5.4. Accelerator environment change

Midway through the radio activity, the origin of acceleration either drops significantly in altitude from 0.59 R to 0.47 R or experiences an environment change. This is detectable through the increase in start frequency from 32 MHz to 43 MHz of both forward and reverse drift bursts. The shift occurs at around 10:50:30 UT and a change in the characteristics in herringbones can be seen. Firstly, the reverse drift bursts are initially morphologically different in the dynamic spectrum, with some bursts either showing an increase in intensity over time and others showing an increase then decrease. After the shift, the herringbones acquire a faster drift rate and larger (more negative) rate of change of intensity. Figure 7 shows this clearly, and confirms that there is a morphological difference in the herringbones before and after the shift in altitude. This implies that the presence of herringbones in a radio shock signature could have a dependency on the environment in which the shock propagates. This is in addition to the theories of a wavy shock front producing herringbones (Zlobec et al. 1993; Vandas & Karlický 2011), i.e. herringbone formation may depend as much on coronal environment as it does on shock characteristics, which has not been shown in the past.

5.5. Alternative acceleration mechanisms?

Finally, herringbones have traditionally been interpreted as being formed by a shock and there is much evidence to suggest a shock origin (Cairns & Robinson 1987; Cane & White 1989). Various models have been produced to explain the existence of herringbones, such as a wavy shock front on a CME flank (Zlobec et al. 1993; Vandas & Karlický 2011; Schmidt & Cairns 2012) or the termination shocks of a reconnection outflow jet (Aurass et al. 2002; Mann et al. 2009). However, an explanation of herringbone burstiness is still not complete. This bursting has been shown to have a quasi-periodicity of 211 s, at least for the 2011 September 22 event (Carley et al. 2013). In this study we have shown that herringbones may have as much to do with the coronal environment as well as the shock acceleration mechanism, hence it may be the environment which produces this bursting. For example, a shock which quasi-periodically encounters changes in the coronal environment which promote the acceleration of particles could produce such a bursty radio signature. Alternatively, there are other mechanisms occurring in the corona which could lead to such bursty acceleration, such as a tearing mode instability in a current sheet (Kliem et al. 2000). However, such a mechanism has only been attributed to particle acceleration observed at GHz frequencies, much higher frequency (much lower altitude) than the bursts we observe here. Further observation and modelling are needed to confirm or rule out any of the above mentioned mechanisms.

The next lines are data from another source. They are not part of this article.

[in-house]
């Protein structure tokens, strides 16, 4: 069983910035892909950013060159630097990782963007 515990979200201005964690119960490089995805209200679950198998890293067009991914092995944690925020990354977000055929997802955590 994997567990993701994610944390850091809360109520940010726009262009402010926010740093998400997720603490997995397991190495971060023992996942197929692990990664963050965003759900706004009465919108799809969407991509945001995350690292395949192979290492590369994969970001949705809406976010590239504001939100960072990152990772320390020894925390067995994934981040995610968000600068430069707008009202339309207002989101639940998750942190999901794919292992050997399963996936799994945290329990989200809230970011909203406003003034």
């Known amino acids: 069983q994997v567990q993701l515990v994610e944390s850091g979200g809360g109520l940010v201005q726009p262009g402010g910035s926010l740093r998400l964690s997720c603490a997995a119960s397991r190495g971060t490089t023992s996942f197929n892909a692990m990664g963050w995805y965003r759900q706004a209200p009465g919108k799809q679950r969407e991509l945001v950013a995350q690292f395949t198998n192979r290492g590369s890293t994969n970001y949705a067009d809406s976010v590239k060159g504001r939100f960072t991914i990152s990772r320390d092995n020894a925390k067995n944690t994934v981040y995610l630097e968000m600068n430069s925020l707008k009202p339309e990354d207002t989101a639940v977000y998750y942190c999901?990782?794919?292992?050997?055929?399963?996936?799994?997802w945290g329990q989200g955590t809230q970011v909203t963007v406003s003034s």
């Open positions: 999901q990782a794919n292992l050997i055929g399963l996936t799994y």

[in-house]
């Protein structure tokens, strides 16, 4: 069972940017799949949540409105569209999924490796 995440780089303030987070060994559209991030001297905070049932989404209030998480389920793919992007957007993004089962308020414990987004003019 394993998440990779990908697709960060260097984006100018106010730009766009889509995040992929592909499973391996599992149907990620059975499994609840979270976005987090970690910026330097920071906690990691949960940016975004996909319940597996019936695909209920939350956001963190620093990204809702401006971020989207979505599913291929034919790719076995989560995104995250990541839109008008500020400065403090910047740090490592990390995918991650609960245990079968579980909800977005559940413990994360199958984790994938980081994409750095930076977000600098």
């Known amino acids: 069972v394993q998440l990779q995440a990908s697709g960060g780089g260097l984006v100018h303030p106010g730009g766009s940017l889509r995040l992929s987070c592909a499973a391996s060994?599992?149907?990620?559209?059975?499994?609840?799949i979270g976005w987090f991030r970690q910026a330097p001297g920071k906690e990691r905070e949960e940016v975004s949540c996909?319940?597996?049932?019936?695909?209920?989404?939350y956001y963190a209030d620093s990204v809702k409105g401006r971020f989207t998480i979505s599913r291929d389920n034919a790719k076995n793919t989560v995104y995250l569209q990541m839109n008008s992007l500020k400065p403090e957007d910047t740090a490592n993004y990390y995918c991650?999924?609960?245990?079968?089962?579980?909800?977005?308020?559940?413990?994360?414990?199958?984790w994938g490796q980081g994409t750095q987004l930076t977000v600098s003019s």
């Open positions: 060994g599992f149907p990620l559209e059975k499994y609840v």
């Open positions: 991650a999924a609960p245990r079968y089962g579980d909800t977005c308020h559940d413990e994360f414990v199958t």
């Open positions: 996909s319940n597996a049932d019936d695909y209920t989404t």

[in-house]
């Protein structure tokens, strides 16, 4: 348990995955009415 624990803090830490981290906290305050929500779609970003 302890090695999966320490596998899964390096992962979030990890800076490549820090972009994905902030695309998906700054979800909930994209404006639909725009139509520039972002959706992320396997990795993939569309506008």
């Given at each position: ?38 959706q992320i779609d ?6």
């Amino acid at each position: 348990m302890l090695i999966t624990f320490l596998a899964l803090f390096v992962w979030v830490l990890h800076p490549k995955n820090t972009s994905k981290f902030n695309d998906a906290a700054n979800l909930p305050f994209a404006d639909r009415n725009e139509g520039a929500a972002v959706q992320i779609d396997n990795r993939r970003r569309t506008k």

6. Conclusion

Herringbone radio bursts are direct signatures of particle acceleration occurring at coronal shocks. Given the high number of individual bursts, they provide a good opportunity to perform statistical analysis on the particle beam properties and/or the properties of the coronal environment into which the beams propagate. It is because of the high number of individual bursts that an automated routine to analyse them quickly and efficiently should be developed.

We have shown here that the Hough transform can provide a good automated feature recognition routine to analyse herringbones, given that they appear as straight lines in the dynamic spectrum. However, the algorithm has some shortcomings, the most significant of which is failing to detect the start and stop frequencies of the bursts. As a results this step must be done by a human user, making the whole process semi–automated. Some extra processing steps are needed if all herringbone radio bursts are to be analysed for a complete study of their statistics in a fully automated way. This is especially pertinent given the latest generation of radio telescopes, such as the Low Frequency Array (LOFAR; van Haarlem et al. 2013). LOFAR’s frequency range of 20240 MHz, high sensitivity and high frequency and time-resolution are ideal for studying the detailed characteristics of a variety of fine-structure in solar radio bursts, such as herringbones, S-bursts and Type IIIs (Morosan et al. 2014, 2015) – we are set to make great gains in the knowledge of these phenomena with current and upcoming radio observational technology.